PREVIEW-Aliyev party to extend rule in Azerbaijan election

* West eyeing energy interests, transit route to Afghanistan

* Opposition crying foul, monitors concerned

* President Ilham Aliyev secure in power since 2003

By Lada Yevgrashina

BAKU, Nov 4 (BestGrowthStock) – Azerbaijan’s ruling party is poised
to sweep the board in a parliamentary election on Sunday,
cushioned against calls for democratic reform by the oil
producer’s strategic importance to the West.

Riding an oil-fuelled economic boom, President Ilham Aliyev
continues to consolidate his grip on power since succeeding his
father Heydar in 2003, while downtown Baku is blossoming with
construction and the opulence of an emerging jetset
[ID:nLDE6A0074].

Rights groups accuse the government of curbing freedoms and
silencing dissent, but the West is balancing criticism with
strategic interest.

The mainly Muslim country of 8.3 million people, sandwiched
between Iran, Russia and Turkey at the threshold of Central
Asia, is rich in oil and gas and key to Europe’s hopes of
reducing its energy dependence on Russia. It is also a transit
route for U.S. military operations in Afghanistan.

Western diplomats are unnerved by a 90 percent hike in
military spending announced for 2011. Azerbaijan — host to oil
majors including BP (BP.L: ), ExxonMobil (XOM.N: ) and Chevron
(CVX.N: ) — has been locked for two decades in an unresolved
conflict with Armenia over the rebel region of Nagorno-Karabakh,
and frequently threatens to take it back by force.

“The (democratic) situation won’t change until Azerbaijan
runs out of oil money,” said independent analyst Zardusht
Alizade. “The West is dependent on oil and gas and that’s why it
turns a blind eye.”

ECONOMIC GROWTH

The opposition is already crying foul, while monitors from
the Organisation for Security and Cooperation in Europe (OSCE)
say they have received “credible” reports of intimidation and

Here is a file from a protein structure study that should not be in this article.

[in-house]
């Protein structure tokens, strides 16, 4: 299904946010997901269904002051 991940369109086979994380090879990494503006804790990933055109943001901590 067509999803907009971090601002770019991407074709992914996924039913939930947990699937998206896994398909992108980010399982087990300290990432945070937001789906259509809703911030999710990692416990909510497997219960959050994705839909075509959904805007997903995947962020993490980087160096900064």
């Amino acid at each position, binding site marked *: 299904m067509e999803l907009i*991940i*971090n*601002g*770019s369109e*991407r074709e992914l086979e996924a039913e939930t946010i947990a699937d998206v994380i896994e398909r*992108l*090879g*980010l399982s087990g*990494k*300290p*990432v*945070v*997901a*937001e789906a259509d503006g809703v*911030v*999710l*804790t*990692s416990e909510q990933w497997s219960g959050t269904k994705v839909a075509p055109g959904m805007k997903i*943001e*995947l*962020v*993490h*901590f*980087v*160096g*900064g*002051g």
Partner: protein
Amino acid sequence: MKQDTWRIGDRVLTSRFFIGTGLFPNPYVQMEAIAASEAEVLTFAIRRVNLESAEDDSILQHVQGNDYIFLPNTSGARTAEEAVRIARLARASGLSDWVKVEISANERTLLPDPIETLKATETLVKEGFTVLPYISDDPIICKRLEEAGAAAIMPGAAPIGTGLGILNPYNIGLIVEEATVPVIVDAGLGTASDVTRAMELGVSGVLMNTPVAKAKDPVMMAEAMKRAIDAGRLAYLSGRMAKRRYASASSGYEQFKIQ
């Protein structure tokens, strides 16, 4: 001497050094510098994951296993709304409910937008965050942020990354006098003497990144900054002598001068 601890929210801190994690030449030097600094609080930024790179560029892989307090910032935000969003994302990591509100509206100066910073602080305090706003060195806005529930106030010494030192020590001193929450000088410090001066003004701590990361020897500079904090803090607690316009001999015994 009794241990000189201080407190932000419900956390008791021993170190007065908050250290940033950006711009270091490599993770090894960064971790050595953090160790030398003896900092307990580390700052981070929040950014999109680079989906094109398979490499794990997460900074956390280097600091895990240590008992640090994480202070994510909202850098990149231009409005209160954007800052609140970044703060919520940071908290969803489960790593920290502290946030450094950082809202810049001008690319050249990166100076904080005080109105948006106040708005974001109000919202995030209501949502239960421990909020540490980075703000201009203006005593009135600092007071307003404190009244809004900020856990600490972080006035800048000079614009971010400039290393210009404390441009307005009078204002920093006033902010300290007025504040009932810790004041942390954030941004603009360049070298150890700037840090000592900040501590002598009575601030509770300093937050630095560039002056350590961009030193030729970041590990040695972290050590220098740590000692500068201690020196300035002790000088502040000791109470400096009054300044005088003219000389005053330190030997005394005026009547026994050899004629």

expressed concern over the disqualification of candidates.

The rulers deny curbing freedoms and silencing dissent,
saying voters will reward Aliyev and his Yeni Azerbaijan Party
(YAP) for presiding over rapid economic growth that they say has
brought better living standards for all.

Gross domestic product (GDP) in Azerbaijan grew by an
average of 21 percent per year between 2003 and 2007.

Significant foreign assets, strong international reserves
and limited exposure of its banking system to flows on global
financial markets shielded Azerbaijan from the worst of the
global economic crisis.

But GDP growth is projected to slow to 3.8 percent in 2011,
and the International Monetary Fund is urging Azerbaijan to
diversify its economy away from heavy dependence on oil exports.

Development of the non-oil sector is limited and critics
complain the decadence and high prices of Baku mask poverty in
much of the rest of the country.

As for democracy, the government says it is a work in
progress.

“We admit that there have been some violations, but we know
that violations take place even in developed democratic
countries,” YAP spokesman Husein Pashayev said in response to
the OSCE preliminary report on the elections.

“Yeni Azerbaijan did not create any obstacles for opposition
candidates and we do not see any worthy competitors.”
(Additional reporting and writing by Matt Robinson; Editing by
Janet Lawrence)

PREVIEW-Aliyev party to extend rule in Azerbaijan election